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You can do that with a G-Works gas exchanger. Top off smaller canisters from bigger canisters or combine two half used canisters into one full and one empty. Works great.

 

And you can recycle empty canisters. Just put a puncture hole in them to show they're empty.

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Glad to know you could at least fill up the canisters from other ones. A safe way to refill and reuse the canisters would be wonderful. Way better to reuse than recycle, whenever possible.

 

I usually take the used canisters to hazardous waste collection events (along with aerosol cans). There's one such event happening at least once a year around here.

 

 

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After a cannister is empty, I'll leave it on a stove with the valve opened up to a make sure, then puncture it with an ice axe (either in the field or at home). Then I can crush it down with a rock or hammer - when its obviously crushed like this it can be recycled as scrap metal, I was told.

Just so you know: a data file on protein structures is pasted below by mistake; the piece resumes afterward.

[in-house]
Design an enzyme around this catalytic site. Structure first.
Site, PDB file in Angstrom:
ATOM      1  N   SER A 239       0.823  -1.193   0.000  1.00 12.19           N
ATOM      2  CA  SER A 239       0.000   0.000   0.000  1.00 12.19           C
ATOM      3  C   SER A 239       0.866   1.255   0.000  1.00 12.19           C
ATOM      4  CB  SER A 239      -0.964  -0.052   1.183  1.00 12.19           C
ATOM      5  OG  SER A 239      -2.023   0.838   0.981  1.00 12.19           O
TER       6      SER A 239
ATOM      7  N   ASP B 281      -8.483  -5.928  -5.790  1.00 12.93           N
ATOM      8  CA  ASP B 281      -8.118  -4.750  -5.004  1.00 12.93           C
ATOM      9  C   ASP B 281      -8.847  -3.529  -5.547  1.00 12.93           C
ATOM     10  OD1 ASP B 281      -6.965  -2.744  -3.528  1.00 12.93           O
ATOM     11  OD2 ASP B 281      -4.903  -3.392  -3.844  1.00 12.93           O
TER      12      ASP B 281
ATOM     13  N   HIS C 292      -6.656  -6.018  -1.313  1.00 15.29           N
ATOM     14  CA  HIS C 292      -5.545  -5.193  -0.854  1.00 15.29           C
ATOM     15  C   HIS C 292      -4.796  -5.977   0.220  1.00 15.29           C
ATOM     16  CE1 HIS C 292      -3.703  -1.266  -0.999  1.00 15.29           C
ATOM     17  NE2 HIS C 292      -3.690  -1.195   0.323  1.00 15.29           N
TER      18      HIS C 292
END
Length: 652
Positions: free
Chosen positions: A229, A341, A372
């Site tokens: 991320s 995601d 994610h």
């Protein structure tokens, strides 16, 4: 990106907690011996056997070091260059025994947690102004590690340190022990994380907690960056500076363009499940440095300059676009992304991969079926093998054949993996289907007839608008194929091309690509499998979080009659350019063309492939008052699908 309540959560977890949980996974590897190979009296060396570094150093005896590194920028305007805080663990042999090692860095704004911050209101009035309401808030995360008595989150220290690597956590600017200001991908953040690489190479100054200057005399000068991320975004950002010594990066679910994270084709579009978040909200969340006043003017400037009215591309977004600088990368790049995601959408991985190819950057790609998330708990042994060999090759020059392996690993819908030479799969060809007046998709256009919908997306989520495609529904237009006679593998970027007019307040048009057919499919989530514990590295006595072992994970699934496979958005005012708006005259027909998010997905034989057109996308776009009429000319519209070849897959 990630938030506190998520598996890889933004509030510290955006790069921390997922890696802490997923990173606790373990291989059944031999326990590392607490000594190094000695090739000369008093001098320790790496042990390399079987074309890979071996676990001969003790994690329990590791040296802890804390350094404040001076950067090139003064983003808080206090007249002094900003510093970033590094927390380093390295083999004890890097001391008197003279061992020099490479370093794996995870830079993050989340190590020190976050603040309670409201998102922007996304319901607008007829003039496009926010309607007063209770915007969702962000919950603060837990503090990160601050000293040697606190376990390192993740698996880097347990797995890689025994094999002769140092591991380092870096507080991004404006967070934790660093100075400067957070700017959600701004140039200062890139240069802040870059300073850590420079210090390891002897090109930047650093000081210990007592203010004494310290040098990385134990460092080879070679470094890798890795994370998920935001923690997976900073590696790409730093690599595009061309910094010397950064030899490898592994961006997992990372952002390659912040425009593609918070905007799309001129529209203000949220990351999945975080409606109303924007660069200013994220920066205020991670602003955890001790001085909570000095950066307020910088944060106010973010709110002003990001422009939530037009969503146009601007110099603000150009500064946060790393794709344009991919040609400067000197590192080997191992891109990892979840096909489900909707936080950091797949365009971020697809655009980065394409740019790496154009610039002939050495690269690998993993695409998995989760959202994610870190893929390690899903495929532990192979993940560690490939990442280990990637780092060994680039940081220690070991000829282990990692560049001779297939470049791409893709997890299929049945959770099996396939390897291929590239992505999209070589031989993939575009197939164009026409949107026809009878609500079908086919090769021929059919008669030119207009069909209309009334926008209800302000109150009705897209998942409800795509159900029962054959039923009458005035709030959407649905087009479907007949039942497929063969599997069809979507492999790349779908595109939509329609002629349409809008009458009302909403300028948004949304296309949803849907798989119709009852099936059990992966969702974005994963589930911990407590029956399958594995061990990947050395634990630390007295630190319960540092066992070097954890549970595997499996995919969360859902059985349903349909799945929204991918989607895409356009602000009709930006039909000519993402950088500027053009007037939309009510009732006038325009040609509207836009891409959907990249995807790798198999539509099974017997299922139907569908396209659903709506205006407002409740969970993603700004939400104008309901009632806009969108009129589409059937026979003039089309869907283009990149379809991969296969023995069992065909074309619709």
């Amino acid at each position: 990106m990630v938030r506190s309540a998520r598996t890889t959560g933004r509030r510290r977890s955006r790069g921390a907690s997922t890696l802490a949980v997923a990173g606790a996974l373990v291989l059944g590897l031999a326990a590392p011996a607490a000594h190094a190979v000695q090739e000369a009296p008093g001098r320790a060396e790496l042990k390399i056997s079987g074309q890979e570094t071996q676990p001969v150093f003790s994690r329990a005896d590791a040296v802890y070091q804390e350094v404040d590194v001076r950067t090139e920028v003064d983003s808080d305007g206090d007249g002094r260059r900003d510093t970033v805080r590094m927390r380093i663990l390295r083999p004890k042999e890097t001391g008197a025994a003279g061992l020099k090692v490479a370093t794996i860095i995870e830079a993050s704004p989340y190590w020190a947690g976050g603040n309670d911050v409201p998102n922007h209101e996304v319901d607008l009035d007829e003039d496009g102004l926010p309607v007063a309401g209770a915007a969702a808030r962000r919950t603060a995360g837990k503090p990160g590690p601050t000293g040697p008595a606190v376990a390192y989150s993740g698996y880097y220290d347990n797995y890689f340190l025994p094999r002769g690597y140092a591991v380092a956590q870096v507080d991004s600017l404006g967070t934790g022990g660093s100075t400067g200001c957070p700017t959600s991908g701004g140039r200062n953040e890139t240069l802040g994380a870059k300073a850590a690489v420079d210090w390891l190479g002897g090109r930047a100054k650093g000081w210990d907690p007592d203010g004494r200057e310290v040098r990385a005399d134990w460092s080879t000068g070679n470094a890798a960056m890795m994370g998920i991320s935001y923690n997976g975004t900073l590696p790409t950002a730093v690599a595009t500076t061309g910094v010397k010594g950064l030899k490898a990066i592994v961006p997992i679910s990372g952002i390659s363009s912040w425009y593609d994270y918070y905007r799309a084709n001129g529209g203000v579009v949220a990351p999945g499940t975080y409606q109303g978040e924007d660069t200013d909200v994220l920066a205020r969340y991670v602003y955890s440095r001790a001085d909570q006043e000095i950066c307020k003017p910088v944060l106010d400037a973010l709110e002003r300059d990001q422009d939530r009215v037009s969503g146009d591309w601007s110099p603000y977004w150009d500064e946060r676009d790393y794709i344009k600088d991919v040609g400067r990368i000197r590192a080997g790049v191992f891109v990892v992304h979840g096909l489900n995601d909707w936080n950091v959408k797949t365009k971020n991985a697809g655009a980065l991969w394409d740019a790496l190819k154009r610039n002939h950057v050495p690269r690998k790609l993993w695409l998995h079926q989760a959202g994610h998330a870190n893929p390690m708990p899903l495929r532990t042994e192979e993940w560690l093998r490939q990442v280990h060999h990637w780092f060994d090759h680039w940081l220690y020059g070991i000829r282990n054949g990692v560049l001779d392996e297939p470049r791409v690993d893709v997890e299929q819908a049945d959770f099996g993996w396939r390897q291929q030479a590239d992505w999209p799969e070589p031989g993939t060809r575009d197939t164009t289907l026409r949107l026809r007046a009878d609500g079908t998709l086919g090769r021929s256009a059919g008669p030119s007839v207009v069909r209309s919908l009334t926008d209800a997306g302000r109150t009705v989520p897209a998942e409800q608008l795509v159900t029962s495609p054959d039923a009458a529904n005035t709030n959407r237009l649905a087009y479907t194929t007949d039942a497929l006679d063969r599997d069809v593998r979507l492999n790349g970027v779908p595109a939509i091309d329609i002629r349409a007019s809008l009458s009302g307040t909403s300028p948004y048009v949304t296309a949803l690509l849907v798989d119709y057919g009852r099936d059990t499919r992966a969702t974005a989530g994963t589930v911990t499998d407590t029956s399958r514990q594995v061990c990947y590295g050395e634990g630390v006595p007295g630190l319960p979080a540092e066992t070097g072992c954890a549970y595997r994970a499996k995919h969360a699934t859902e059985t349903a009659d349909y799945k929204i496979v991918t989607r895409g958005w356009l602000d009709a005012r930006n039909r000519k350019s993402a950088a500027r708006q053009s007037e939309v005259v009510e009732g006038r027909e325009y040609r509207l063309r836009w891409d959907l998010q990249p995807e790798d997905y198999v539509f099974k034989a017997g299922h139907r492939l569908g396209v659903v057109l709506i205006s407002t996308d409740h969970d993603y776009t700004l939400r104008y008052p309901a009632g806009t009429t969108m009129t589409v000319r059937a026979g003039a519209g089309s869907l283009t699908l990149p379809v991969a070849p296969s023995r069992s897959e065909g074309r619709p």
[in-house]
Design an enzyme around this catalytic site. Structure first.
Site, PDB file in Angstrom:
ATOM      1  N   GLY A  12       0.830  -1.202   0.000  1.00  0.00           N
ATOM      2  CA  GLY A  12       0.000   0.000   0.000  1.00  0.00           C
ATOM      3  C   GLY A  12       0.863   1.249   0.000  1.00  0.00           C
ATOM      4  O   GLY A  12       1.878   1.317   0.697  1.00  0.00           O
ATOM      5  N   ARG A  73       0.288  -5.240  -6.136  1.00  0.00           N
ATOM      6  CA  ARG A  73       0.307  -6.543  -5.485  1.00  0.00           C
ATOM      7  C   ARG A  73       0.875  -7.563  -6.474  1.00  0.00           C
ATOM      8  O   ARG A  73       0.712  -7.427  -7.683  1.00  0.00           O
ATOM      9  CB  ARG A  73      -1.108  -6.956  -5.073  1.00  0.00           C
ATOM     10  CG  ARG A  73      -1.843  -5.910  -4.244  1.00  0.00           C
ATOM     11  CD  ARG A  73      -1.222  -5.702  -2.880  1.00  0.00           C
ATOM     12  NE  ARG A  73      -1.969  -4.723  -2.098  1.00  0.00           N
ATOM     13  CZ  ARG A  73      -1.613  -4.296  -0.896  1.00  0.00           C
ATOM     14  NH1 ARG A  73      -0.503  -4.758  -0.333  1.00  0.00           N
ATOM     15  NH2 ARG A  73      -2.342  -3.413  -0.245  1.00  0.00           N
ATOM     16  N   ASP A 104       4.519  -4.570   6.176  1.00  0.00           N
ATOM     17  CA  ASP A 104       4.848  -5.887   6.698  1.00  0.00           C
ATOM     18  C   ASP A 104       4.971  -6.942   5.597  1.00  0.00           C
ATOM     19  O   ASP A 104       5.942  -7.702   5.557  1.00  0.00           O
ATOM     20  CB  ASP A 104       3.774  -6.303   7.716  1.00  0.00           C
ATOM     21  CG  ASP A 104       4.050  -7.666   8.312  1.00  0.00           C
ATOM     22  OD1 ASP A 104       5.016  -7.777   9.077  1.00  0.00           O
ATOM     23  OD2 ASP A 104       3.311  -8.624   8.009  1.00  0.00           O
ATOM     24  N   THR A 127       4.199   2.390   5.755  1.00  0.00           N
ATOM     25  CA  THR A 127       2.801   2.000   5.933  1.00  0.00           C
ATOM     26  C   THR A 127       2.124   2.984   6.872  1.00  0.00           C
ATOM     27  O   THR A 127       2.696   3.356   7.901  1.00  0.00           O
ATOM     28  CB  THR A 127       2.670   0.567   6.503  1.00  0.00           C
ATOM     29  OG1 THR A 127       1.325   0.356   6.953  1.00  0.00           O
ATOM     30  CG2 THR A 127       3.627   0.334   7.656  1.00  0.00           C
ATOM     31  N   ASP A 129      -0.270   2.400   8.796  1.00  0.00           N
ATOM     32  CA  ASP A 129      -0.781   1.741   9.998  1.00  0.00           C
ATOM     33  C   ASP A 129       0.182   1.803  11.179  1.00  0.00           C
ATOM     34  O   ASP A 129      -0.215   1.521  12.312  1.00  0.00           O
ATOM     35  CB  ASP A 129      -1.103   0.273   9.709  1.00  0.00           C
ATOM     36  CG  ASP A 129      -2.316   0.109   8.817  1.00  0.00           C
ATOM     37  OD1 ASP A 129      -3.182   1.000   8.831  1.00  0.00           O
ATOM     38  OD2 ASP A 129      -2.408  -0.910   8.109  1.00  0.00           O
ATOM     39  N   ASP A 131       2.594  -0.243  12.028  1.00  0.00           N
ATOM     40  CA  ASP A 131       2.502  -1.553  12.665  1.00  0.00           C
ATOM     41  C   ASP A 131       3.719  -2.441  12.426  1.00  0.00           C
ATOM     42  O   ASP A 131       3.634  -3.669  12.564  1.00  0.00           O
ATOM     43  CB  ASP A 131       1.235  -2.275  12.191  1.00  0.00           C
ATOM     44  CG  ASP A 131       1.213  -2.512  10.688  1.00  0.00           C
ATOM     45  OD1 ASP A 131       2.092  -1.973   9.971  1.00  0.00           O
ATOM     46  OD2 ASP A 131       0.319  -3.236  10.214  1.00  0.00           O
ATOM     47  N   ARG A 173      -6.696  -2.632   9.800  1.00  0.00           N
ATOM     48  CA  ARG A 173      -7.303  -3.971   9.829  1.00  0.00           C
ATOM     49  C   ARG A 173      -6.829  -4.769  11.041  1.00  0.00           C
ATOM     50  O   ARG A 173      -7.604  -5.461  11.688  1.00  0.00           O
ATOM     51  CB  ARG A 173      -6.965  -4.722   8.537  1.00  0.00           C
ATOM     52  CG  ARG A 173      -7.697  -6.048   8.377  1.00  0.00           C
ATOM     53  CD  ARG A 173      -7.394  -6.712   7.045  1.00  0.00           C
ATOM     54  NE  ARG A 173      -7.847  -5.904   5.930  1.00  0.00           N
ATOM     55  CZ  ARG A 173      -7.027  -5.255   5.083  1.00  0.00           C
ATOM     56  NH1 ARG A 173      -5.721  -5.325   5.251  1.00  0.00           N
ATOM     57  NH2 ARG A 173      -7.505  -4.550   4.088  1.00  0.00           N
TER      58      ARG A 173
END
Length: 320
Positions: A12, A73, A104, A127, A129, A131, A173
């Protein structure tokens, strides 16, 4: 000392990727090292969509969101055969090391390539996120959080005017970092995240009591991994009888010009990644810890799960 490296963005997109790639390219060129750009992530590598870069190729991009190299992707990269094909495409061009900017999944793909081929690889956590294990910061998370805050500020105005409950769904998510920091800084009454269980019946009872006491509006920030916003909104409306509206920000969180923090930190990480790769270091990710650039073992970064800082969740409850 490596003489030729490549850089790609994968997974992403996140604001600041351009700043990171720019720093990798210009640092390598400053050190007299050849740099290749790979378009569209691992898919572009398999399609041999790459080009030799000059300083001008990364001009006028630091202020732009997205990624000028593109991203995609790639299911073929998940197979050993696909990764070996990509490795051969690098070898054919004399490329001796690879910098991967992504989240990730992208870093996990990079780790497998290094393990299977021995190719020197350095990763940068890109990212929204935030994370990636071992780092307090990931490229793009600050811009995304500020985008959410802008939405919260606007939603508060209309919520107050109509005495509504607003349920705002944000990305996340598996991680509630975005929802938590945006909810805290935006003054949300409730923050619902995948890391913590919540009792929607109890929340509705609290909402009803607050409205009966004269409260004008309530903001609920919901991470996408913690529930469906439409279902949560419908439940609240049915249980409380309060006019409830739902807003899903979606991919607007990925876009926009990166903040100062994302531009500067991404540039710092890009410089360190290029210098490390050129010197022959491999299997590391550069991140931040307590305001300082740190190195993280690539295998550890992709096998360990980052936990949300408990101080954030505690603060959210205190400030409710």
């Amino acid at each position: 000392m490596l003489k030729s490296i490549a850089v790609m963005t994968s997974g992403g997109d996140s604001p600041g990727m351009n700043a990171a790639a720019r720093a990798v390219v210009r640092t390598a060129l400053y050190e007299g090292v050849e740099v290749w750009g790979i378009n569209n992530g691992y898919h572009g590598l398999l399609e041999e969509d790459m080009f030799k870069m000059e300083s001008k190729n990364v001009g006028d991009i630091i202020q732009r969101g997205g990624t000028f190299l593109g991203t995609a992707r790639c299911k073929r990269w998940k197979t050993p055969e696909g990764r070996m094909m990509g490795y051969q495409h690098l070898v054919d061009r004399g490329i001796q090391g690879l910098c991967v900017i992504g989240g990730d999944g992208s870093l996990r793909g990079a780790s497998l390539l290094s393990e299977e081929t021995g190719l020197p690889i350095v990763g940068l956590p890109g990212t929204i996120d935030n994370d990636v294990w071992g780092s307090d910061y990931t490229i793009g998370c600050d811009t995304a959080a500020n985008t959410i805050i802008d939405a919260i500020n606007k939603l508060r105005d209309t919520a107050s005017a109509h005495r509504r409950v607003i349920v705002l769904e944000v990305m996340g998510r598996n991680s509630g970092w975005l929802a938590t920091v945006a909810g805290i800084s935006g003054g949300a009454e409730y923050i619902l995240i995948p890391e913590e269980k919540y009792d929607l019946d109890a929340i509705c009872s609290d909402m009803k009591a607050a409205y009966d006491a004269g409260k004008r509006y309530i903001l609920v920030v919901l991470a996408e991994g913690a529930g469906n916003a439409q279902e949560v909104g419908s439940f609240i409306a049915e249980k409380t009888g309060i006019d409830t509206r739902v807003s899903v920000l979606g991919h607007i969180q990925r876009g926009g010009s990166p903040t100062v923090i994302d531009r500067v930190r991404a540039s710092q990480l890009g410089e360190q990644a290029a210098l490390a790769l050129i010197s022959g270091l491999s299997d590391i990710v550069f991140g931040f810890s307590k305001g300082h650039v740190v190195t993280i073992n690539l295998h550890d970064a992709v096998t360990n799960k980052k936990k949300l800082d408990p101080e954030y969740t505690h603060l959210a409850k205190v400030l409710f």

There are plenty of old stories from the 1980's of the rubber-sealed cannisters leaking in between uses and second-hand cannisters being sold with water injected instead of gas to bring up their weight.

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Not sure who manufacturers it, but somebody makes a brass punch for puncturing the cans. Obviously the brass does not have the propensity to strike a spark.

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Dispensing of the used canisters properly appears to be a big pain. One can't just chuck them into the recycle bin.

 

 

Yes indeed, you can,. Just punch a hole, and straight to the recycle bin. I use a big landscaping nail and a hammer.